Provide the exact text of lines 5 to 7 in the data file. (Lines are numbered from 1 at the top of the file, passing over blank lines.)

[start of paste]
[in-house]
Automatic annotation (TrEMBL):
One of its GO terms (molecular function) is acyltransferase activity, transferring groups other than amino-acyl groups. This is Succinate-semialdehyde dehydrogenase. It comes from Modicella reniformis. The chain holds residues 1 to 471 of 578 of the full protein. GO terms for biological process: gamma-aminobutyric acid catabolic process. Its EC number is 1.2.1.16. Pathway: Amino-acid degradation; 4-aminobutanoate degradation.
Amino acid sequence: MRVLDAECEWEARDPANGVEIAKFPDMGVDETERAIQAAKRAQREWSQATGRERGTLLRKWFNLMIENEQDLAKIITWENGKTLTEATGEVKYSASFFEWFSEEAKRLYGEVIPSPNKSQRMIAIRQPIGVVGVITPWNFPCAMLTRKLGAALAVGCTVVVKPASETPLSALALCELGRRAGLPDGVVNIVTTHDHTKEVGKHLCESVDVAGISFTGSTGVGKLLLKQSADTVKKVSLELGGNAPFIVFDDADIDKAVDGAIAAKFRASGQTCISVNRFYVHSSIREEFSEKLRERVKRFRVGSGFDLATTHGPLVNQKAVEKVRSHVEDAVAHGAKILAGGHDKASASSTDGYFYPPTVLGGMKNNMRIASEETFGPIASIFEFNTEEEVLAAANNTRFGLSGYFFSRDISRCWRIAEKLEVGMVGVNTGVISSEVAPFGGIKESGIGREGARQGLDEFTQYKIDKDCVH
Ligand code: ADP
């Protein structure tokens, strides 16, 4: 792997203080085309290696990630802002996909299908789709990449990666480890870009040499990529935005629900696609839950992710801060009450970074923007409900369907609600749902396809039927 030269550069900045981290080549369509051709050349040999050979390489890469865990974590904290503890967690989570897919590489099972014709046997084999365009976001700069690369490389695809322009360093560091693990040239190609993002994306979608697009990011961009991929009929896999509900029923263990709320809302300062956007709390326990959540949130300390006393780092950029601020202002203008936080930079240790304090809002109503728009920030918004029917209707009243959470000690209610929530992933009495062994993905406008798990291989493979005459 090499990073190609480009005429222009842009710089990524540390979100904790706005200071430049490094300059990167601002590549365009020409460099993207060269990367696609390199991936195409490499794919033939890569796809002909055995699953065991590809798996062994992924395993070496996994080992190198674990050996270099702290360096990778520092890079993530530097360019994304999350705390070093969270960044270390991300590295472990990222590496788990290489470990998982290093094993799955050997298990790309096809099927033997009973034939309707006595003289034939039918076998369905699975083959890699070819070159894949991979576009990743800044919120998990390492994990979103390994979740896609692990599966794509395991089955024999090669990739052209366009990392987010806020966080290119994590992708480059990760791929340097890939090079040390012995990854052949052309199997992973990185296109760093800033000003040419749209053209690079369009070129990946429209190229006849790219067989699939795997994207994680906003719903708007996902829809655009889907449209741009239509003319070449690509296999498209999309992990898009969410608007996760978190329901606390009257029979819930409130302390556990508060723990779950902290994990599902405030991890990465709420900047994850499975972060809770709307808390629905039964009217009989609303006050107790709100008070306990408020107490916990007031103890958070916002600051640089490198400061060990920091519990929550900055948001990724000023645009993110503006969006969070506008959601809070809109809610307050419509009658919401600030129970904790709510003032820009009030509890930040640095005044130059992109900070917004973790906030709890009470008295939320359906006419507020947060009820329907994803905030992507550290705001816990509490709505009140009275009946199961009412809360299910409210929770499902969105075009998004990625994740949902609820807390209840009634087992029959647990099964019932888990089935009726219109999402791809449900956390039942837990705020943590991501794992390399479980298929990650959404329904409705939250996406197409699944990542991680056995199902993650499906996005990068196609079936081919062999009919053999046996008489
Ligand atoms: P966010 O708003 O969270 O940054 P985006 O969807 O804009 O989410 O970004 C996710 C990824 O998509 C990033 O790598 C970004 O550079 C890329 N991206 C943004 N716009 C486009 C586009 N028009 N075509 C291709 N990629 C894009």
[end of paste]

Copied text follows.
Ligand code: ADP
């Protein structure tokens, strides 16, 4: 792997203080085309290696990630802002996909299908789709990449990666480890870009040499990529935005629900696609839950992710801060009450970074923007409900369907609600749902396809039927 030269550069900045981290080549369509051709050349040999050979390489890469865990974590904290503890967690989570897919590489099972014709046997084999365009976001700069690369490389695809322009360093560091693990040239190609993002994306979608697009990011961009991929009929896999509900029923263990709320809302300062956007709390326990959540949130300390006393780092950029601020202002203008936080930079240790304090809002109503728009920030918004029917209707009243959470000690209610929530992933009495062994993905406008798990291989493979005459 090499990073190609480009005429222009842009710089990524540390979100904790706005200071430049490094300059990167601002590549365009020409460099993207060269990367696609390199991936195409490499794919033939890569796809002909055995699953065991590809798996062994992924395993070496996994080992190198674990050996270099702290360096990778520092890079993530530097360019994304999350705390070093969270960044270390991300590295472990990222590496788990290489470990998982290093094993799955050997298990790309096809099927033997009973034939309707006595003289034939039918076998369905699975083959890699070819070159894949991979576009990743800044919120998990390492994990979103390994979740896609692990599966794509395991089955024999090669990739052209366009990392987010806020966080290119994590992708480059990760791929340097890939090079040390012995990854052949052309199997992973990185296109760093800033000003040419749209053209690079369009070129990946429209190229006849790219067989699939795997994207994680906003719903708007996902829809655009889907449209741009239509003319070449690509296999498209999309992990898009969410608007996760978190329901606390009257029979819930409130302390556990508060723990779950902290994990599902405030991890990465709420900047994850499975972060809770709307808390629905039964009217009989609303006050107790709100008070306990408020107490916990007031103890958070916002600051640089490198400061060990920091519990929550900055948001990724000023645009993110503006969006969070506008959601809070809109809610307050419509009658919401600030129970904790709510003032820009009030509890930040640095005044130059992109900070917004973790906030709890009470008295939320359906006419507020947060009820329907994803905030992507550290705001816990509490709505009140009275009946199961009412809360299910409210929770499902969105075009998004990625994740949902609820807390209840009634087992029959647990099964019932888990089935009726219109999402791809449900956390039942837990705020943590991501794992390399479980298929990650959404329904409705939250996406197409699944990542991680056995199902993650499906996005990068196609079936081919062999009919053999046996008489
Ligand atoms: P966010 O708003 O969270 O940054 P985006 O969807 O804009 O989410 O970004 C996710 C990824 O998509 C990033 O790598 C970004 O550079 C890329 N991206 C943004 N716009 C486009 C586009 N028009 N075509 C291709 N990629 C894009």